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Senate Committee Holds Hearings on Third-Party Theft, Misuse of Social Security Funds

Aired May 2, 2000 - 2:07 p.m. ET

THIS IS A RUSH TRANSCRIPT. THIS COPY MAY NOT BE IN ITS FINAL FORM AND MAY BE UPDATED.

NATALIE ALLEN, CNN ANCHOR: Social Security fraud is on the Congressional calendar today. Specifically, a Senate committee is holding hearings on theft and misuse of Social Security funds by third parties entrusted to handle the money for recipients.

CNN's Kate Snow is covering the story for us. She joins us from Capitol Hill -- Kate.

KATE SNOW, CNN CORRESPONDENT: Hi, Natalie.

The Senate special committee on aging held hearings this morning about that particular kind of Social Security fraud and abuse where a third party is stealing from the Social Security recipients. And they heard from a couple of Americans who had been experienced -- who had experienced that kind of fraud directly themselves.

First they heard from Betty Byrd, who is 70 years old. She's from West Virginia. She came here to Capitol Hill to tell her story. She says that the man who was supposed to be caring for her money and was supposed to pay her utilities and her bills was actually stealing her life savings.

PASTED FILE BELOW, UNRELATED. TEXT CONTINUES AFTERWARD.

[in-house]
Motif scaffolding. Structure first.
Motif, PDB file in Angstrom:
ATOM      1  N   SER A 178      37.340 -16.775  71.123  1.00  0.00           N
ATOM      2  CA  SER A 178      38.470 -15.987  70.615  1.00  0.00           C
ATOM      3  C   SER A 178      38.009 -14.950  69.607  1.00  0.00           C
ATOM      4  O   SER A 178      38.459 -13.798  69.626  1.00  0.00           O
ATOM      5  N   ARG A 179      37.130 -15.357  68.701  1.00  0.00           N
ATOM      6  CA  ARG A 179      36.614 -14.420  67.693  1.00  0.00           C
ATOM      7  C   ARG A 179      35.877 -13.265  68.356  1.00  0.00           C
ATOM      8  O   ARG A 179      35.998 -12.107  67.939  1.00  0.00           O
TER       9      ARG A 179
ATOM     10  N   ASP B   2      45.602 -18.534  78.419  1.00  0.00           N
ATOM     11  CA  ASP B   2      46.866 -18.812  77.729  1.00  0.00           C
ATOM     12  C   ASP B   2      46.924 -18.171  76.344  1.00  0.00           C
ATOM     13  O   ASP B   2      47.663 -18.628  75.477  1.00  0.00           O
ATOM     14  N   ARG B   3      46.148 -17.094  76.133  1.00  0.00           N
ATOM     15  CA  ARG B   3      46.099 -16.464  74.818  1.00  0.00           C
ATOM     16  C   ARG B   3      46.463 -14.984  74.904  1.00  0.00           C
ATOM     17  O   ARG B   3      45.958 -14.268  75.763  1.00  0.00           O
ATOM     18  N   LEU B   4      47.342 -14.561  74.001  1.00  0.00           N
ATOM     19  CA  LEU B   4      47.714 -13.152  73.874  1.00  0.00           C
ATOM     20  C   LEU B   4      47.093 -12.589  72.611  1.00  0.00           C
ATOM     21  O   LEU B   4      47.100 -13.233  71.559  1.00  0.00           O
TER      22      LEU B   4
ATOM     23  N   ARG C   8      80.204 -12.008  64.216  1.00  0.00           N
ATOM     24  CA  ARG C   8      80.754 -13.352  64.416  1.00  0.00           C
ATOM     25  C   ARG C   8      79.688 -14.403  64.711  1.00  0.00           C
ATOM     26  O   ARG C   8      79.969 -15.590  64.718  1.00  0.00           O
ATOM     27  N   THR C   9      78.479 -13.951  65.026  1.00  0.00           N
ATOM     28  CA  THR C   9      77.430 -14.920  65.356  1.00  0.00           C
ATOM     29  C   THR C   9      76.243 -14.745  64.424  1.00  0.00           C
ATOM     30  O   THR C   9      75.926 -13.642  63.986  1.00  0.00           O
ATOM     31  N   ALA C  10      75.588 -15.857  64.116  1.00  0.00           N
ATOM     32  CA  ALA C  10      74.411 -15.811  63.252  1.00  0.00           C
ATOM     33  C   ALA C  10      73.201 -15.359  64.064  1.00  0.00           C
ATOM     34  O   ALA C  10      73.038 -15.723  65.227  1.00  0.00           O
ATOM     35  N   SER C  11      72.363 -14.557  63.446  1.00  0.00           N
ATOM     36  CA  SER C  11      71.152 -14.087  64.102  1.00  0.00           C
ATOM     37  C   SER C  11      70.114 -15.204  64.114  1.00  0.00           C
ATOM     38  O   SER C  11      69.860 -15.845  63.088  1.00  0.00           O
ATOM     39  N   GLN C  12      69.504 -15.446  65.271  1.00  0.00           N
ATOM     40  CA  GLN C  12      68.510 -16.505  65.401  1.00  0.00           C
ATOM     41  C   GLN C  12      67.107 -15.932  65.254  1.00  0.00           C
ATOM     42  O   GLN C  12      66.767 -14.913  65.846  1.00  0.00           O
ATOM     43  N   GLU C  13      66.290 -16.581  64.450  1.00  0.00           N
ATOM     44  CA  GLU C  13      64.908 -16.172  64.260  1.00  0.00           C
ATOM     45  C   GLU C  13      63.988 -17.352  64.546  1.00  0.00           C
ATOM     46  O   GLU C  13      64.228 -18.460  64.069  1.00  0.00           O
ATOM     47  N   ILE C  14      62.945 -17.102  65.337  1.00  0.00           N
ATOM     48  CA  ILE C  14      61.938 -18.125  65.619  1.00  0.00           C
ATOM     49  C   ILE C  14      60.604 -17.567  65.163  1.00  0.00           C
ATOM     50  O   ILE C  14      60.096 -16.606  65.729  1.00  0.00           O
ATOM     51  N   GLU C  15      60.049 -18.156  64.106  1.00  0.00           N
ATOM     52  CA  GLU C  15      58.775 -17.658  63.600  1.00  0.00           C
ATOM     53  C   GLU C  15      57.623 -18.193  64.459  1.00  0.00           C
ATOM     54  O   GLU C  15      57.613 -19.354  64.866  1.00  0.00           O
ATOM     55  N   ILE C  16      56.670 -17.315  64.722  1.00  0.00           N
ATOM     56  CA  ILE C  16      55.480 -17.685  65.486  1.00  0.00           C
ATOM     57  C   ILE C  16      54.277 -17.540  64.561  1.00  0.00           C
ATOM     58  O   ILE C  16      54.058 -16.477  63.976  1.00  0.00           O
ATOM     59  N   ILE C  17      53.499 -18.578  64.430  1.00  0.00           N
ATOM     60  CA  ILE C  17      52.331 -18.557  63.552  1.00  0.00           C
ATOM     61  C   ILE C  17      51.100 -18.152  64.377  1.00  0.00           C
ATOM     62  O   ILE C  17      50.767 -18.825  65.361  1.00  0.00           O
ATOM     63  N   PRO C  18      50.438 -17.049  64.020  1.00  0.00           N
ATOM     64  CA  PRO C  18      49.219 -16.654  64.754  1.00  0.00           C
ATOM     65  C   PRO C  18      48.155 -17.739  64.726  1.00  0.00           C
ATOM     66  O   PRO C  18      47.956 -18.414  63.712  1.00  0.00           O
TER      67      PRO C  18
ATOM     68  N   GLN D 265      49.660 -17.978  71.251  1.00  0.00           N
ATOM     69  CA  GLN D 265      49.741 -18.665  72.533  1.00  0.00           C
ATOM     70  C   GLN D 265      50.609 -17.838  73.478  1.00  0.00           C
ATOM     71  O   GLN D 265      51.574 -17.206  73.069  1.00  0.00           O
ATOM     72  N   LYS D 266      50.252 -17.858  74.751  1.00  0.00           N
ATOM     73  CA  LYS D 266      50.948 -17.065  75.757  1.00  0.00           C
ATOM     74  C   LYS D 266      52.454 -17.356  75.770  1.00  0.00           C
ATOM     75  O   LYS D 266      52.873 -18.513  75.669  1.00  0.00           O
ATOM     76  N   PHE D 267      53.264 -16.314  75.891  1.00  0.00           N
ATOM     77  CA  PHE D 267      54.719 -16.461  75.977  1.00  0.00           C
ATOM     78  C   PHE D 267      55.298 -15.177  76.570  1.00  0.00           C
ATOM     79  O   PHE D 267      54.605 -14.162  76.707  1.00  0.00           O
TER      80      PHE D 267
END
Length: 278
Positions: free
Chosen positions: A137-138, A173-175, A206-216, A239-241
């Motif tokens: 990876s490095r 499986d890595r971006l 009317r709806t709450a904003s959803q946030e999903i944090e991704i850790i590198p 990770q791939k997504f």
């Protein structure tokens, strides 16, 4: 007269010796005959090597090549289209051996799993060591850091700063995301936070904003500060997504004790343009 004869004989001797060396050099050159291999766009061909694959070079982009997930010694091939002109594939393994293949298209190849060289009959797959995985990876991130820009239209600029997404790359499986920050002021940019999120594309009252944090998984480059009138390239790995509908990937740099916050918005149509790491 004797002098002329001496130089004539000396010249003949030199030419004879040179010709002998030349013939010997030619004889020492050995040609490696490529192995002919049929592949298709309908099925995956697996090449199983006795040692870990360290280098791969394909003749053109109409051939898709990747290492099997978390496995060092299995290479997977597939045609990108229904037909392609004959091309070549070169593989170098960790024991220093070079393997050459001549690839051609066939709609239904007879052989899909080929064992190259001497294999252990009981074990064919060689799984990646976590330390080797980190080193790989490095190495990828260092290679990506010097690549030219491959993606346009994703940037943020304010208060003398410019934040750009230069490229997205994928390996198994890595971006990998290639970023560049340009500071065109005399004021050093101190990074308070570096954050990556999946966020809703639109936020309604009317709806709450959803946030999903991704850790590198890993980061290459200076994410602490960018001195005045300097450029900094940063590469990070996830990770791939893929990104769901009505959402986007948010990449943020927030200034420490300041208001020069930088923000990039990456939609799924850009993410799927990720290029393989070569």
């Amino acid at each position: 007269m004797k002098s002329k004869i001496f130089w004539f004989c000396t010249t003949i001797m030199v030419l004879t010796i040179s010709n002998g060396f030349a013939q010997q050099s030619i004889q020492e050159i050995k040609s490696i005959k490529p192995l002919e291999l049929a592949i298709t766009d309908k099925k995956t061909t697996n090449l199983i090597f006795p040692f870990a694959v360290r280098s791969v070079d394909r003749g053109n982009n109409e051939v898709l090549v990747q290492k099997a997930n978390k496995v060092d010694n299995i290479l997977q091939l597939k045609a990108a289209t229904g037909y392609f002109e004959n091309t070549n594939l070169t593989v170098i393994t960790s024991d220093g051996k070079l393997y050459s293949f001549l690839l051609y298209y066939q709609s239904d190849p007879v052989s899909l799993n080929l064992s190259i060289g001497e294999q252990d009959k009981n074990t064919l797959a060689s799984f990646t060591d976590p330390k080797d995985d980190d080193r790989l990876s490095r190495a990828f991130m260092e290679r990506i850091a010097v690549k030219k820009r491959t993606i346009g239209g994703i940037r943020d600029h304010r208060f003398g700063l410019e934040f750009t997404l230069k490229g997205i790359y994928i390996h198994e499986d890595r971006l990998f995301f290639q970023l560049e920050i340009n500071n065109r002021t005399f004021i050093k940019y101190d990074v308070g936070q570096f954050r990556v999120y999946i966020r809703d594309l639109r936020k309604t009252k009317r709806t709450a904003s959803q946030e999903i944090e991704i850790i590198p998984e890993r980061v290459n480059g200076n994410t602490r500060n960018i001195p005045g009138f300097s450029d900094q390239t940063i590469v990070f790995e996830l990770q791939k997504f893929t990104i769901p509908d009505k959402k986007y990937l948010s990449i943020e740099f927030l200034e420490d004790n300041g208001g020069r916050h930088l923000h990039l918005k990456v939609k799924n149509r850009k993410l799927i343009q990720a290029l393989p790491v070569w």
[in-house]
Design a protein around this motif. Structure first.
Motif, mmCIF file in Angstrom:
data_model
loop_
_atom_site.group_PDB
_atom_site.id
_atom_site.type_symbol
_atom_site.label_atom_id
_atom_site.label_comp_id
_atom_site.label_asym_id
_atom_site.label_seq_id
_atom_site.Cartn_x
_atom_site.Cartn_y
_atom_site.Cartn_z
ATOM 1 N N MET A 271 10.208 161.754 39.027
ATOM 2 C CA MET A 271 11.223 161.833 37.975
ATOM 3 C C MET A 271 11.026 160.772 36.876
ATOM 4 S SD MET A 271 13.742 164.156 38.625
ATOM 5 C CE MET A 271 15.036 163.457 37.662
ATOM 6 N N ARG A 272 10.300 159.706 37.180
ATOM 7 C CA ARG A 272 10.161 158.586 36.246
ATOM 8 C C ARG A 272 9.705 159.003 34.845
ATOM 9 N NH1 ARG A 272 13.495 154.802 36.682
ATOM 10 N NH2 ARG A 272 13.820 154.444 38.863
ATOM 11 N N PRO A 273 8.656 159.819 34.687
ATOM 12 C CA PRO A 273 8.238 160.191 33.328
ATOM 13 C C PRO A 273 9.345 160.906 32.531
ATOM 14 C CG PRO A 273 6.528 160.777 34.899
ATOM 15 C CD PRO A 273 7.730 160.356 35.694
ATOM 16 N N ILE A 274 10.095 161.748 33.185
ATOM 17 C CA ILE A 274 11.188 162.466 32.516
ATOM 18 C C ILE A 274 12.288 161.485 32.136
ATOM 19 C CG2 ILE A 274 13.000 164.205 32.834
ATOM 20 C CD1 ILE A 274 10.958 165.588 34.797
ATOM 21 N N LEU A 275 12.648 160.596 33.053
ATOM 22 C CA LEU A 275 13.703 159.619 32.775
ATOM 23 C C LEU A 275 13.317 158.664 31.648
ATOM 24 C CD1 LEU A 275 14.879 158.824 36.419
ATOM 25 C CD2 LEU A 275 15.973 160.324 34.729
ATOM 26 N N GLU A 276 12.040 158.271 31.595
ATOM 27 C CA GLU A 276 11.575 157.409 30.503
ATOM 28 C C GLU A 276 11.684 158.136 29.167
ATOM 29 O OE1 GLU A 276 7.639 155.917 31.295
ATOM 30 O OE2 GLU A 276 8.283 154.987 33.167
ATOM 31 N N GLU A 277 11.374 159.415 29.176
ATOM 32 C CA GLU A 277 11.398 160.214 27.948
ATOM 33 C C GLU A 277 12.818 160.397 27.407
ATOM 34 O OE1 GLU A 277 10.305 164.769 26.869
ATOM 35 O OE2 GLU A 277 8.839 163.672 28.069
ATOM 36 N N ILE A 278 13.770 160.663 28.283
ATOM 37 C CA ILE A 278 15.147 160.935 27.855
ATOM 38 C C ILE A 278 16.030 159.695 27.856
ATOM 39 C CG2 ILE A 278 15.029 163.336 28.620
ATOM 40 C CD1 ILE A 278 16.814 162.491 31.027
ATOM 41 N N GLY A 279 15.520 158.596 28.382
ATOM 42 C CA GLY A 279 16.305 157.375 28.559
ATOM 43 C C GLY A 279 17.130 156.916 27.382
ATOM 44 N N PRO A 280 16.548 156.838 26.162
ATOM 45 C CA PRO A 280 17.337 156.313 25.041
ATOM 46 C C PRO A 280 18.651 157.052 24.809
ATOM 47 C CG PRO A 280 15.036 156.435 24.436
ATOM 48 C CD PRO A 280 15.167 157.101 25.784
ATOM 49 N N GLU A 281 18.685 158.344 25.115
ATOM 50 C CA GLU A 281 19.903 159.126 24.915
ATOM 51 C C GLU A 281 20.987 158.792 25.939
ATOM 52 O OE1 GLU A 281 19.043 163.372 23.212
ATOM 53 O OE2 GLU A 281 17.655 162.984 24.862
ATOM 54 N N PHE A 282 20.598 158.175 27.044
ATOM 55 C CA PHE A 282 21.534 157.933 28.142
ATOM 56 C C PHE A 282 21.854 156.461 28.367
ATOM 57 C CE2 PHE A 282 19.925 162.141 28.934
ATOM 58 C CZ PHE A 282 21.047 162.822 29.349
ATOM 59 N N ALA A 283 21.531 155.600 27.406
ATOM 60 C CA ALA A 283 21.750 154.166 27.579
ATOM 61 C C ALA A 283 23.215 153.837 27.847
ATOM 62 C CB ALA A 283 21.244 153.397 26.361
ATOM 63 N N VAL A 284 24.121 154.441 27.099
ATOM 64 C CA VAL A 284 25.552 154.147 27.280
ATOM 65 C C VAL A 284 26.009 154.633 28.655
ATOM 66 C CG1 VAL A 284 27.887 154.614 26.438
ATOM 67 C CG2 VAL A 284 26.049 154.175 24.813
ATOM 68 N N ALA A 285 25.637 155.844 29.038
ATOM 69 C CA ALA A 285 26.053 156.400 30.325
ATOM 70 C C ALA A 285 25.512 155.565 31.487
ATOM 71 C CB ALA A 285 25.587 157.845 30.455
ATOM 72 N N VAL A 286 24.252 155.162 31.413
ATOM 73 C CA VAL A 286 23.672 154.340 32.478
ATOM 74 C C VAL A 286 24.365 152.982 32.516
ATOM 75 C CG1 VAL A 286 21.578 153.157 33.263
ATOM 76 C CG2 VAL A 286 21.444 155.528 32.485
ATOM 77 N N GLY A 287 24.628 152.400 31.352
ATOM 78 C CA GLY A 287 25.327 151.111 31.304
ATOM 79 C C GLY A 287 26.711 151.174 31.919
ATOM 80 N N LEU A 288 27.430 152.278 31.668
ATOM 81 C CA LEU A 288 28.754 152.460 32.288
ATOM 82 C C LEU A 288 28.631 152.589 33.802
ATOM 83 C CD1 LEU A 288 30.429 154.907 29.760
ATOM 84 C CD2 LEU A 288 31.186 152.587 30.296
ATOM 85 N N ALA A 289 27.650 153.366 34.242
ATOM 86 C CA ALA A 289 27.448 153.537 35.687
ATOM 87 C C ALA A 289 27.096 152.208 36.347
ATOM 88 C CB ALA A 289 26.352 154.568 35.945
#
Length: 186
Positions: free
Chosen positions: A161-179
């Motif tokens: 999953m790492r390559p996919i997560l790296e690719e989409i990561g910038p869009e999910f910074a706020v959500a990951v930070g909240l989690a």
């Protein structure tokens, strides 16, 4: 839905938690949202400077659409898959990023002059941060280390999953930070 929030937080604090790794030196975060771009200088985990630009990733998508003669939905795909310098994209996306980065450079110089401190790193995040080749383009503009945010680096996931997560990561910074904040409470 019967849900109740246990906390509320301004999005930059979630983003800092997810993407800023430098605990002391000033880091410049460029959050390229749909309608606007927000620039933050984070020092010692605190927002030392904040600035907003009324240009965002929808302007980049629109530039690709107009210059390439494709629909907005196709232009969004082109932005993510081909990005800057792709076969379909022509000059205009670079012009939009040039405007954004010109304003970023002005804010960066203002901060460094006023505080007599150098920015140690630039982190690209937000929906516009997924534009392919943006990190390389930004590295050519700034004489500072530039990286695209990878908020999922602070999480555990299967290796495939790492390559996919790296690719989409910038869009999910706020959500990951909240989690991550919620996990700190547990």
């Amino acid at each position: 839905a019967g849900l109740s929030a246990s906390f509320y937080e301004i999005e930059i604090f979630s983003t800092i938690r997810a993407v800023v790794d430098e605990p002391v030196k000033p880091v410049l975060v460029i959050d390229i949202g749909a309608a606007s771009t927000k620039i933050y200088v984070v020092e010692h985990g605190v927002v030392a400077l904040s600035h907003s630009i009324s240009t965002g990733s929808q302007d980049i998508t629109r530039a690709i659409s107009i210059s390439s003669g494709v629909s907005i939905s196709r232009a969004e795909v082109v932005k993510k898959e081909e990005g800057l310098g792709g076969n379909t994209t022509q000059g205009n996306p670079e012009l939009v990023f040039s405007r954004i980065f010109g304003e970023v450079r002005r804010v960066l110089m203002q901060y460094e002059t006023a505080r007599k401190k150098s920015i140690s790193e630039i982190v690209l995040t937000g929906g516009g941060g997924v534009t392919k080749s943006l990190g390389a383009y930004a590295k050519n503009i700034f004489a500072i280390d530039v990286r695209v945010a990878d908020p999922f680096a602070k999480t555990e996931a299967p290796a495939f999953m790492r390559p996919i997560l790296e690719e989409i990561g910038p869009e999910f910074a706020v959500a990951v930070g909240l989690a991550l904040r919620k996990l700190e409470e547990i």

(BEGIN VIDEO CLIP)

BETTY BYRD, SOCIAL SECURITY RECIPIENT: I was left almost homeless without medical care and in serious financial trouble. If it wasn't for the generous people of our community, I wouldn't be alive today.

(END VIDEO CLIP)

SNOW: Now, the payee involved there did plead guilty to those charges of embezzlement. He's going to be sentenced next month. Meantime, the Senate committee also hearing from another payee person who does that sort of work who, herself, was convicted of embezzlement, and she's serving a jail term now. She explained how her former boss would steal thousands of dollars from Social Security recipients.

(BEGIN VIDEO CLIP)

THERESA KING, CONVICTED OF SOCIAL SECURITY FRAUD: I saw checks, 7,000, 9,000, 18,000. These people didn't know this money came in. If they didn't know it was coming, he wouldn't tell them. If they asked about a back payment or an award, he would simply tell them that money was spent to pay back welfare or he would lie about the amount. If they received a $10,000 check, he would tell them their check was $1,700. He just bald-faced lied.

(END VIDEO CLIP)

SNOW: Now, the Social Security administration says that they've looked into this, that they have filed more than 1,300 cases, investigating cases of potential fraud. They have convicted some 300 people since 1998 and found $7.5 million in lost money since 1998 -- the fiscal year '98. They agree that more needs to be done on this front and they have suggested legislative initiatives. And, indeed, Senator John Breaux and Senator Chuck Grassley now, today, proposing legislation that would try to get rid of this kind of Social Security fraud -- Natalie.

ALLEN: Kate Snow on Capitol Hill.

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